2. Start Your Project Even If You Don’t Feel Ready
This is a tricky one for most of us – why would we start something big if we’re not fully sure how it will end up? We love to plan things out, research, talk to others about our ideas, etc. while never actually starting our projects.
The best advice anyone ever gave me was to simply start whatever it is I want to do and figure it out as I go along. It was this advice that allowed me to finish writing my first song after spending years making excuses as to why I wasn’t ready to write one yet.
I needed to listen to a little bit more Bob Dylan for lyrical inspiration, read a couple more books about the Beatles for chord inspiration, and learn a few more City and Colour songs on guitar for melody inspiration before I was ready to write my own song. In other words, I needed to feel ready before I started.
Unfortunately, we’re never going to be fully ready by most of our standards. It wasn’t until I grabbed a notepad out of frustration over my lack of action and penned a couple phrases that I had a sudden revelation that I was actually writing a song. A day later, I had the entire song penned including a chord progression and melody. A week later, I wrote another song from start to finish in just 4 hours.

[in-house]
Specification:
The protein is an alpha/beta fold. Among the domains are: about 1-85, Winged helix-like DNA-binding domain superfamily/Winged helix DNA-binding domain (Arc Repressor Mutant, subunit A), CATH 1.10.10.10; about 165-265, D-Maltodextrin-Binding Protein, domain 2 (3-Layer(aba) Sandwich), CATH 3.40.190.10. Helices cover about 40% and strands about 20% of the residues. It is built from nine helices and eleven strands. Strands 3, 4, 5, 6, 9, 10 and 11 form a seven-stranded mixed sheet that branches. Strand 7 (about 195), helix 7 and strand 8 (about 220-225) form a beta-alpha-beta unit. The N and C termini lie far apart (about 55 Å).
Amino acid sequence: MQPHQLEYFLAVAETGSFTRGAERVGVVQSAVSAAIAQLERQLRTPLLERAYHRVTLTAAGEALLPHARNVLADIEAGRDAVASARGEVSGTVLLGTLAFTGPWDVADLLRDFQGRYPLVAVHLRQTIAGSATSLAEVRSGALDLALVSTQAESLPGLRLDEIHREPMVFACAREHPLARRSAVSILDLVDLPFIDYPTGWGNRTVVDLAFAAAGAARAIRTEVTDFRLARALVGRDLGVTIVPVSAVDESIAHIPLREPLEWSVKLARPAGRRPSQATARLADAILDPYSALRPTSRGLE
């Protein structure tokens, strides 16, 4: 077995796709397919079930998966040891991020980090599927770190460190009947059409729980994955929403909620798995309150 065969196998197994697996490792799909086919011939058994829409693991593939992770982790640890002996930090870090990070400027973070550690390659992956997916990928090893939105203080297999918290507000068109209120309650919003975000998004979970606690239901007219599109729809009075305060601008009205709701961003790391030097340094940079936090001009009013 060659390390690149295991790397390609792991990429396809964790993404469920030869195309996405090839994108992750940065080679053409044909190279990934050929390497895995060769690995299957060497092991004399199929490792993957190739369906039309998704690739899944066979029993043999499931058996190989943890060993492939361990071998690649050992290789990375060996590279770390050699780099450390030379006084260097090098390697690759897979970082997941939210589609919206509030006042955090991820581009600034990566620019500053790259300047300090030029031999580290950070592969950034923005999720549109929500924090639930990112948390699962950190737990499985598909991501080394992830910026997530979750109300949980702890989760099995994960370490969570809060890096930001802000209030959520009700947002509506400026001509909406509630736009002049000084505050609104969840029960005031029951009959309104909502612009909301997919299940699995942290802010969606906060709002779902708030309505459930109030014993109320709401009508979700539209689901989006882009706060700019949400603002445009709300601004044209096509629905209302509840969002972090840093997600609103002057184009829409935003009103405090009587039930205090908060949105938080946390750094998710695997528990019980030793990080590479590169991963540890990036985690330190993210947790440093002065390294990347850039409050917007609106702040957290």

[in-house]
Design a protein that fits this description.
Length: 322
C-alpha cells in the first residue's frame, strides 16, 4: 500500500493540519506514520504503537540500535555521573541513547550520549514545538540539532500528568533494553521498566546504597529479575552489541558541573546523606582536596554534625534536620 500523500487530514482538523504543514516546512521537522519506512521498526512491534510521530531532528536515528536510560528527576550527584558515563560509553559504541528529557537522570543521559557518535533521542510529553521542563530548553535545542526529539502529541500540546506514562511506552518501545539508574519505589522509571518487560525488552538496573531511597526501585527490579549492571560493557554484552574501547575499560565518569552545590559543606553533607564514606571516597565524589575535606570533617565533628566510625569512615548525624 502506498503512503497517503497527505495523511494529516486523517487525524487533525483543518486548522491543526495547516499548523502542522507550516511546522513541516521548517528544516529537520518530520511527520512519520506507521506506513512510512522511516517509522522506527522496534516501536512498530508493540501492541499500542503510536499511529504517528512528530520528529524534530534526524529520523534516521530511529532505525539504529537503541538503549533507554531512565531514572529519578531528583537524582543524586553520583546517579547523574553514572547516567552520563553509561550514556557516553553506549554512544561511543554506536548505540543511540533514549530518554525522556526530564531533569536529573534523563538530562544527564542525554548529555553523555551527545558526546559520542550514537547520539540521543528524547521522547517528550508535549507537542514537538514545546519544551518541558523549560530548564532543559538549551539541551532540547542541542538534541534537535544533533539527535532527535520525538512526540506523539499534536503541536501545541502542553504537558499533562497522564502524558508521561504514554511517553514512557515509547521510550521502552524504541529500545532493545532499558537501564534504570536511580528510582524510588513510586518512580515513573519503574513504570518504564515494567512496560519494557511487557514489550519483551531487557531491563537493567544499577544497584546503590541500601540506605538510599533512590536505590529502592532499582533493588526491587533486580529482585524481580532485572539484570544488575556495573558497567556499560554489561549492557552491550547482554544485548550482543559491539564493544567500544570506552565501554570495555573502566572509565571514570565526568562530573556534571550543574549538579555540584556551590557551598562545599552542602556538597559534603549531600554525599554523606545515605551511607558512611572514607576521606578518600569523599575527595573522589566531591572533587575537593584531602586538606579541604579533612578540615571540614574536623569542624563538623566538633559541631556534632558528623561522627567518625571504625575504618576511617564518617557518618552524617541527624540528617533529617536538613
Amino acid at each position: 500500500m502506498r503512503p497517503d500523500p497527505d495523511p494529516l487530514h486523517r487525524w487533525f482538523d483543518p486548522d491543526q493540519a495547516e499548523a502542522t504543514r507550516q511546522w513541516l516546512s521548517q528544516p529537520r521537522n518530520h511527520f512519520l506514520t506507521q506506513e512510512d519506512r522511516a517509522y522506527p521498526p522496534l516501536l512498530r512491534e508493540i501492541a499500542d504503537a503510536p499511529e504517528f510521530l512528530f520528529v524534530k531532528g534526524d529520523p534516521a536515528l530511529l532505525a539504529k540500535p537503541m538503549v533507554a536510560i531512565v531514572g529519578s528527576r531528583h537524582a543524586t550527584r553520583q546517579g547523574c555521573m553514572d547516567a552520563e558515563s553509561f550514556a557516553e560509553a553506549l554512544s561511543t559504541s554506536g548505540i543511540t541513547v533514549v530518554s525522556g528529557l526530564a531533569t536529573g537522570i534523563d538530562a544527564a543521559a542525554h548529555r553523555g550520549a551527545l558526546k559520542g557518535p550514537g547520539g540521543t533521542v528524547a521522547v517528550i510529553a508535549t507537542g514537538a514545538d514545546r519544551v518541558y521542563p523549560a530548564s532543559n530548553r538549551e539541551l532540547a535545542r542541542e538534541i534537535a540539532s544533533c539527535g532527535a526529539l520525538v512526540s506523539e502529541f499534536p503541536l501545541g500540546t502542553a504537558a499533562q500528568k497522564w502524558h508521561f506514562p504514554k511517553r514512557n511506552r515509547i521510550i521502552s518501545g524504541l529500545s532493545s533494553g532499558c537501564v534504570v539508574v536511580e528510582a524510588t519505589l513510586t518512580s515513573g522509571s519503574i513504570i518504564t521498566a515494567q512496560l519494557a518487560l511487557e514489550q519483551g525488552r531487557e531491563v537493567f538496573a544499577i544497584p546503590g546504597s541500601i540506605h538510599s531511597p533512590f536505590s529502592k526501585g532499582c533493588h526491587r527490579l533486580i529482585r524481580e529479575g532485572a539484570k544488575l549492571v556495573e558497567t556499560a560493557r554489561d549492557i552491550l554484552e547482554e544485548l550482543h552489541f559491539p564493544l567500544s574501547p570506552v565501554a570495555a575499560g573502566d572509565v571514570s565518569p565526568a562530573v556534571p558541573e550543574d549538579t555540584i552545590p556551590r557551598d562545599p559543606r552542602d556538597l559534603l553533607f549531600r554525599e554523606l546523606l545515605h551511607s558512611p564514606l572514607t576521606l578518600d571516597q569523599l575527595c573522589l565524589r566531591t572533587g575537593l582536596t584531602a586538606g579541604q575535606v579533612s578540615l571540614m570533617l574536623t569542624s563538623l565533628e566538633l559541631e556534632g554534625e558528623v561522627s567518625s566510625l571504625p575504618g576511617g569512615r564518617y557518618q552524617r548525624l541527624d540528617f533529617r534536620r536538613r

Had I not taken action and actually started the process of creating by putting pen to paper, I would have never experienced the creative flow that allowed me to write these songs.
The 17th-century British poet George Herbert put it best when he said, “Do not wait; the time will never be ‘just right.’ Start where you stand, work with whatever tools you have, and better tools will be found as you go along.”
3. Develop a Routine and Don’t Wait for Inspiration
Chuck Close put it brilliantly when he said, “Inspiration is for amateurs – the rest of us just show up and get to work.” Inspiration, while certainly important, pales in comparison to the simple act of developing a routine.
In the book “Daily Rituals: How Artists Work”, the author highlights how famous novelists such as Michael Chabon and Haruki Murakami have set routines each week that they spend writing.